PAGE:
‘A single telephone call’ landed Eddie Obeid in jail. Photo: Dallas Kilponen Judith Obeid, centre, leaves court after her husband Eddie was jailed.
Eddie Obeid leaves the NSW Supreme Court on May 8, 2015. Photo: Daniel Munoz
Edward and Judith Obeid at home with their family of nine in November 1982. Photo: Phillip Lock
Former Labor minister and power broker Joe Tripodi with Eddie Obeid. Photo: Brendan Esposito
Before entering parliament, Obeid ran Media Publishing Group, which published El Telegraph. Photo: Ross Willis
Edward Moses Obeid has spent his first night in prison after being jailed for a maximum of five years over his family’s secret business dealings at Circular Quay, in an inglorious end to his 20-year political career.
Supreme Court Justice Robert-Beech Jones said “no penalty other than imprisonment is appropriate” for the corrupt former NSW Labor minister, who was found guilty in June of misconduct in public office.
Obeid, who will serve a minimum of three years behind bars before he is eligible for parole, remained impassive as Justice Beech-Jones directed he be “taken down” to the prison cells below the historic Darlinghurst Supreme Court.
At the back of the court, Judith, his wife of 51 years, was inconsolable as she was escorted outside by members of her husband’s legal team and family.
“I swear to God, he doesn’t deserve this,” she sobbed outside court.
Mrs Obeid was later bundled into a white Range Rover driven by her son-in-law Majid Saab. In a parting shot to the media, Mr Saab screamed at journalists as they drove away.
Obeid removed his watch and emptied his pockets before two Corrective Services officers took him to the prison cells.
Once there, custom dictates that Obeid would have been stripped naked and subjected to a full body search. Because of his profile it was likely that a High Risk Van with no markings would have been used to take him first to the Surry Hills police complex and then out to the Metropolitan Remand and Reception Centre at Silverwater jail for processing.
Upon arrival at Silverwater, Obeid would have to hand over any personal possessions before being strip-searched again. He would then be handed his prison “greens”.
After his induction into the prison system, the new inmate’s first meal would have been the famous prison meat pie.
Within the next day or so the 73-year-old will be transferred to the Kevin Waller Unit within Long Bay, which is designated for frail and aged inmates.
One of his new jail mates will be the infamous former detective Roger Rogerson, who is serving a life sentence for murder.
Among the most crooked politicians in NSW history, Obeid featured prominently in a string of corruption inquiries exposing a complex web of business dealings.
But it was, as Justice Beech-Jones observed in a lengthy judgment, “effectively … a single telephone call” to a senior bureaucrat in August 2007 that saw him jailed on Thursday.
A Supreme Court jury found Obeid guilty on June 28 of misconduct in public office over his family’s secret business dealings at Circular Quay.
At the centre of the case was a phone call Obeid made to his friend Steve Dunn, a senior bureaucrat in the NSW Maritime Authority.
The court heard he urged Mr Dunn in “strong language” to meet a commercial negotiator acting for a group of disgruntled leaseholders at Circular Quay, who were agitating for a renewal of their leases without a competitive tender.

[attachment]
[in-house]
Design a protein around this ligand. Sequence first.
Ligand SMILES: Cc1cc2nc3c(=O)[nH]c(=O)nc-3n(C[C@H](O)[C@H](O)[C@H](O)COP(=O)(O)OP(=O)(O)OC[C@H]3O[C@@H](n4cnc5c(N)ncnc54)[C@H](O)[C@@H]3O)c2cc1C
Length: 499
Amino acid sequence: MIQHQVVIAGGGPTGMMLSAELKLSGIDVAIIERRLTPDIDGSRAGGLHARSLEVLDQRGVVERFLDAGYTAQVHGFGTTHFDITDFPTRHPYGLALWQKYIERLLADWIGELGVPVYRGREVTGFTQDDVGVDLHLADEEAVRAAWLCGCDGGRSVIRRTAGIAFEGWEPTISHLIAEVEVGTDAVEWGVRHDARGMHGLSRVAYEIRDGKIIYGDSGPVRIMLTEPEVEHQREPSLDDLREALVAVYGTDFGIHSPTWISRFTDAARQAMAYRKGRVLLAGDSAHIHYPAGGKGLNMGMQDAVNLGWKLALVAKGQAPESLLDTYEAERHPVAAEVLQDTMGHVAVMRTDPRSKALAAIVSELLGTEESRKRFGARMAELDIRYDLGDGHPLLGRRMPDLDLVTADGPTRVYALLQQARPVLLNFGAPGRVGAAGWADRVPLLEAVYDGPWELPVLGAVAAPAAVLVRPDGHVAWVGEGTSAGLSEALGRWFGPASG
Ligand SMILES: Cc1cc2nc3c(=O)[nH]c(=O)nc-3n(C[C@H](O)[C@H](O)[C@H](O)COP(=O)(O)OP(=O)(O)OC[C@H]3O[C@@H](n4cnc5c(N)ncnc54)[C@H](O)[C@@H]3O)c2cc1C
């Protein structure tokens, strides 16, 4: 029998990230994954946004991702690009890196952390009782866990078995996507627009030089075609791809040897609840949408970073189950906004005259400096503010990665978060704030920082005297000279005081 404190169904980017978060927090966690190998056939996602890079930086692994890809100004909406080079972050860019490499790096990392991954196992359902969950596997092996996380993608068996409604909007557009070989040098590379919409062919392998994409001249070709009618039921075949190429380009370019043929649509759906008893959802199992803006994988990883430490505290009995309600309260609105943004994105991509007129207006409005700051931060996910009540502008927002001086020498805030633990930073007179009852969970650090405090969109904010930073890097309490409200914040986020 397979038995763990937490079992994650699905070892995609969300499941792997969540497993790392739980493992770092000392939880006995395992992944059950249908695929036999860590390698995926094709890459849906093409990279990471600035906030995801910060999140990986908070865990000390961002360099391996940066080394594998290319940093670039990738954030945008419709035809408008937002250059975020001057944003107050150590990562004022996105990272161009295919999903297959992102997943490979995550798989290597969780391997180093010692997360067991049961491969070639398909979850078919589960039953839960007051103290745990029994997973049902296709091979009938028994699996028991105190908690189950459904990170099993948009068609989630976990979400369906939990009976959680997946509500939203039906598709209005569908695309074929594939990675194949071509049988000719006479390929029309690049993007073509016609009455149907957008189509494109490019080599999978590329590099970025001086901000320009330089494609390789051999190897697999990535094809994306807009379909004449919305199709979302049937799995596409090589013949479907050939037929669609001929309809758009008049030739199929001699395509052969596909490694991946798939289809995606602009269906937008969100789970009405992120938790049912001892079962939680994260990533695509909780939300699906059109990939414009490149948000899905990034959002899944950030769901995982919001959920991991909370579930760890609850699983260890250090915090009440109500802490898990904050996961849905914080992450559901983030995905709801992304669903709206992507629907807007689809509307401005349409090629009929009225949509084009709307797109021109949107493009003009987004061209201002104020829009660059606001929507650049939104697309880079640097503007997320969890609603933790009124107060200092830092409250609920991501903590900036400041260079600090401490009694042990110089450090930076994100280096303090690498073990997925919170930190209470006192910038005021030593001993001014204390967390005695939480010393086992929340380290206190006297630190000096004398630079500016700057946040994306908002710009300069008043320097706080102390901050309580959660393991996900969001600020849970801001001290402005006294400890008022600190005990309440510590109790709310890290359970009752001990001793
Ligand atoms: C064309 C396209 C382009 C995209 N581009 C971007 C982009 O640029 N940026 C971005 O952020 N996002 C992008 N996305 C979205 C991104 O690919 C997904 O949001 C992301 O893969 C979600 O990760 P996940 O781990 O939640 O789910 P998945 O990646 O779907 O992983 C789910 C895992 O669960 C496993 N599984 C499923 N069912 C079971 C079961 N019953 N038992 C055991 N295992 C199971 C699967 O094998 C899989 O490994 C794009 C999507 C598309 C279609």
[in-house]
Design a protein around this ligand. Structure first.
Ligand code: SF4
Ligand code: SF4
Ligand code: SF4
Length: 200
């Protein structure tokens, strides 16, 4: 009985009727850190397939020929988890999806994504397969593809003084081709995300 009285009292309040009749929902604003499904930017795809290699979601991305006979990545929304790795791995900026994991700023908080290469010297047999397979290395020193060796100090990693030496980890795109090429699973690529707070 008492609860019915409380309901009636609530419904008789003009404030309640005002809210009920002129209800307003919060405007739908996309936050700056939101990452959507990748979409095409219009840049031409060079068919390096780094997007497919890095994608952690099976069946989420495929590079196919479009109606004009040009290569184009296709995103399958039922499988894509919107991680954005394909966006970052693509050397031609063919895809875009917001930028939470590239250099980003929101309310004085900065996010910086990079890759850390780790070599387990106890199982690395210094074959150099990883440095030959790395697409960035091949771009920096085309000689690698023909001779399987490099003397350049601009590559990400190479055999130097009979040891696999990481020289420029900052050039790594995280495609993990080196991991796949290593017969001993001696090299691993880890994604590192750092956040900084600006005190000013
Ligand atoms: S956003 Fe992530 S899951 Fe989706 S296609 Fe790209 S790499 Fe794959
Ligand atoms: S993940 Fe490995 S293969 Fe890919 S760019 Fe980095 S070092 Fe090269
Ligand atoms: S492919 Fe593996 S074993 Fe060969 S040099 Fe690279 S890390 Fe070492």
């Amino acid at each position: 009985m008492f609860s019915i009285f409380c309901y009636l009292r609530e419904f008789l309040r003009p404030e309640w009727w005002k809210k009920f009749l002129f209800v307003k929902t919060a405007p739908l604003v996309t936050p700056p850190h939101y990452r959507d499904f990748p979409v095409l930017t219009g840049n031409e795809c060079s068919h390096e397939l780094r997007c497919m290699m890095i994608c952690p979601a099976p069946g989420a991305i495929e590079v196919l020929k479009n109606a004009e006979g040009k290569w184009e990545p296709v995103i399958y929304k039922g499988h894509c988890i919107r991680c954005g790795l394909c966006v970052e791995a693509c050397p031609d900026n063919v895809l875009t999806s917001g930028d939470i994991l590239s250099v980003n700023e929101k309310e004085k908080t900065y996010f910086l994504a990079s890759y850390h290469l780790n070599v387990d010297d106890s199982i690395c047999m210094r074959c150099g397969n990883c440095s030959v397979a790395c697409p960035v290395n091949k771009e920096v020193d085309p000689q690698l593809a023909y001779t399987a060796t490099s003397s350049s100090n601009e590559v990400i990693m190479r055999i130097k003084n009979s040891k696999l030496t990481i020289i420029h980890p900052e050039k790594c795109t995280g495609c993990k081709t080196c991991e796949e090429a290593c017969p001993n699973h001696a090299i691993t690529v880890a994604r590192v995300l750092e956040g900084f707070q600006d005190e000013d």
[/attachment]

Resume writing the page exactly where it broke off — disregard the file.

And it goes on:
Obeid did not reveal the negotiator was also acting for his family, who had an interest in two cafe leases on the bustling wharves.
It was a “very serious” example of a politician breaching their duty to act in the public interest, Justice Beech-Jones said.
“If Mr Obeid had not wilfully abused his position as a parliamentarian then his life and career would be a testament to the values of hard work, family and public service. Instead, his time in public life has produced a very different legacy,” he said.
After the sentence was delivered, Obeid’s barrister, Guy Reynolds, SC, made an immediate application for bail pending an appeal against conviction and sentence. The bail application was refused.
Mr Reynolds foreshadowed he would argue there had been a “miscarriage of justice” and the jury’s verdict was unreasonable and contrary to the evidence.
Obeid’s legal team had told the court before the sentencing that the former MP had a “limited life expectancy” and suffered from a “constellation of medical conditions” as they fought to keep him out of jail.
But the Crown insisted he was “far from being at death’s door” and “ill health cannot be allowed to become a licence to commit crime”.
Justice Beech-Jones noted Obeid suffered from a string of health conditions, including type 2 diabetes, “raised cholesterol, high blood pressure and colonic polyps that require periodic colonoscopies”.
The former MP, who has undergone heart bypass surgery, suffered a stroke earlier this year and was taken to hospital in August after he “tripped at home and fell onto a coffee table which collapsed under him”.
While Justice Beech-Jones accepted Obeid “would receive a superior level of care in the community” he was satisfied he would “receive an adequate level of care” in prison.
The trial followed an investigation by the Independent Commission Against Corruption into the cafe leases.
Mr Dunn, who gave evidence during the trial, was found to be corrupt, as was Obeid’s controversial former colleague Joe Tripodi.
But neither Mr Dunn nor Mr Tripodi were accused of wrongdoing in Obeid’s trial.
Obeid and his middle son Moses are facing a committal hearing next year having been charged over a $30 million coal deal exposed in a separate ICAC inquiry.
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